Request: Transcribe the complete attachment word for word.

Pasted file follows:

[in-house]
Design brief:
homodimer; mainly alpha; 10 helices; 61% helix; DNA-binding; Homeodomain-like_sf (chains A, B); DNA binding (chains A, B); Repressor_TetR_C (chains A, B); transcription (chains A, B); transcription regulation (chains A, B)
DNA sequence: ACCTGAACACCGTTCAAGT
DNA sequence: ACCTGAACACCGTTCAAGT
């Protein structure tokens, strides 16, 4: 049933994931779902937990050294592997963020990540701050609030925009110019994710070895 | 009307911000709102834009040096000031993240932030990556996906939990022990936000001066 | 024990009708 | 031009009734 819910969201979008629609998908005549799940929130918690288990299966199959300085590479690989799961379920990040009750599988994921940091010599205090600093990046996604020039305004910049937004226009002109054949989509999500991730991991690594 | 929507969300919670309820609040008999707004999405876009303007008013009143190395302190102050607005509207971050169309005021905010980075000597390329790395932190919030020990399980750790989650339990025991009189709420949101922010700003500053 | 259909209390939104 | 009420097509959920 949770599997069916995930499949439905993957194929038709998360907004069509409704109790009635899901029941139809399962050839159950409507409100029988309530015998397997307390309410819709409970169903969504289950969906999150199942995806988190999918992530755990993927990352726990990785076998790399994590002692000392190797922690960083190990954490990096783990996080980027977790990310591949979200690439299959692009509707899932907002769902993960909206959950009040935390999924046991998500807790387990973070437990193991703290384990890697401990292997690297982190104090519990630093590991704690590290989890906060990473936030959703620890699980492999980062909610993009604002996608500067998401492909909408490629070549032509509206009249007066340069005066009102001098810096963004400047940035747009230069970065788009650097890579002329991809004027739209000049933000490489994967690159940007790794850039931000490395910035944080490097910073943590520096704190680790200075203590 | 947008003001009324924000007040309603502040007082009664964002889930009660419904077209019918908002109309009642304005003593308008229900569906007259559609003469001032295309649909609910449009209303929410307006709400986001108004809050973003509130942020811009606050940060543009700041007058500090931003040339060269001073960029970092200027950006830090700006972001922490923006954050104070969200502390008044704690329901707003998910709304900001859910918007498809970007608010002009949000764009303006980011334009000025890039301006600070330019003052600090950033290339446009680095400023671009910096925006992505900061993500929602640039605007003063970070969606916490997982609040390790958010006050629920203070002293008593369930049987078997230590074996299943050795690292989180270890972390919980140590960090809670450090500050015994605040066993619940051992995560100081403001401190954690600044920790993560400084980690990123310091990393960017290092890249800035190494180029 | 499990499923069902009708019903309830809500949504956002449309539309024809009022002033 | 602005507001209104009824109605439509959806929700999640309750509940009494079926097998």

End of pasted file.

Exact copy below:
[in-house]
Design brief:
homodimer; mainly alpha; 10 helices; 61% helix; DNA-binding; Homeodomain-like_sf (chains A, B); DNA binding (chains A, B); Repressor_TetR_C (chains A, B); transcription (chains A, B); transcription regulation (chains A, B)
DNA sequence: ACCTGAACACCGTTCAAGT
DNA sequence: ACCTGAACACCGTTCAAGT
């Protein structure tokens, strides 16, 4: 049933994931779902937990050294592997963020990540701050609030925009110019994710070895 | 009307911000709102834009040096000031993240932030990556996906939990022990936000001066 | 024990009708 | 031009009734 819910969201979008629609998908005549799940929130918690288990299966199959300085590479690989799961379920990040009750599988994921940091010599205090600093990046996604020039305004910049937004226009002109054949989509999500991730991991690594 | 929507969300919670309820609040008999707004999405876009303007008013009143190395302190102050607005509207971050169309005021905010980075000597390329790395932190919030020990399980750790989650339990025991009189709420949101922010700003500053 | 259909209390939104 | 009420097509959920 949770599997069916995930499949439905993957194929038709998360907004069509409704109790009635899901029941139809399962050839159950409507409100029988309530015998397997307390309410819709409970169903969504289950969906999150199942995806988190999918992530755990993927990352726990990785076998790399994590002692000392190797922690960083190990954490990096783990996080980027977790990310591949979200690439299959692009509707899932907002769902993960909206959950009040935390999924046991998500807790387990973070437990193991703290384990890697401990292997690297982190104090519990630093590991704690590290989890906060990473936030959703620890699980492999980062909610993009604002996608500067998401492909909408490629070549032509509206009249007066340069005066009102001098810096963004400047940035747009230069970065788009650097890579002329991809004027739209000049933000490489994967690159940007790794850039931000490395910035944080490097910073943590520096704190680790200075203590 | 947008003001009324924000007040309603502040007082009664964002889930009660419904077209019918908002109309009642304005003593308008229900569906007259559609003469001032295309649909609910449009209303929410307006709400986001108004809050973003509130942020811009606050940060543009700041007058500090931003040339060269001073960029970092200027950006830090700006972001922490923006954050104070969200502390008044704690329901707003998910709304900001859910918007498809970007608010002009949000764009303006980011334009000025890039301006600070330019003052600090950033290339446009680095400023671009910096925006992505900061993500929602640039605007003063970070969606916490997982609040390790958010006050629920203070002293008593369930049987078997230590074996299943050795690292989180270890972390919980140590960090809670450090500050015994605040066993619940051992995560100081403001401190954690600044920790993560400084980690990123310091990393960017290092890249800035190494180029 | 499990499923069902009708019903309830809500949504956002449309539309024809009022002033 | 602005507001209104009824109605439509959806929700999640309750509940009494079926097998």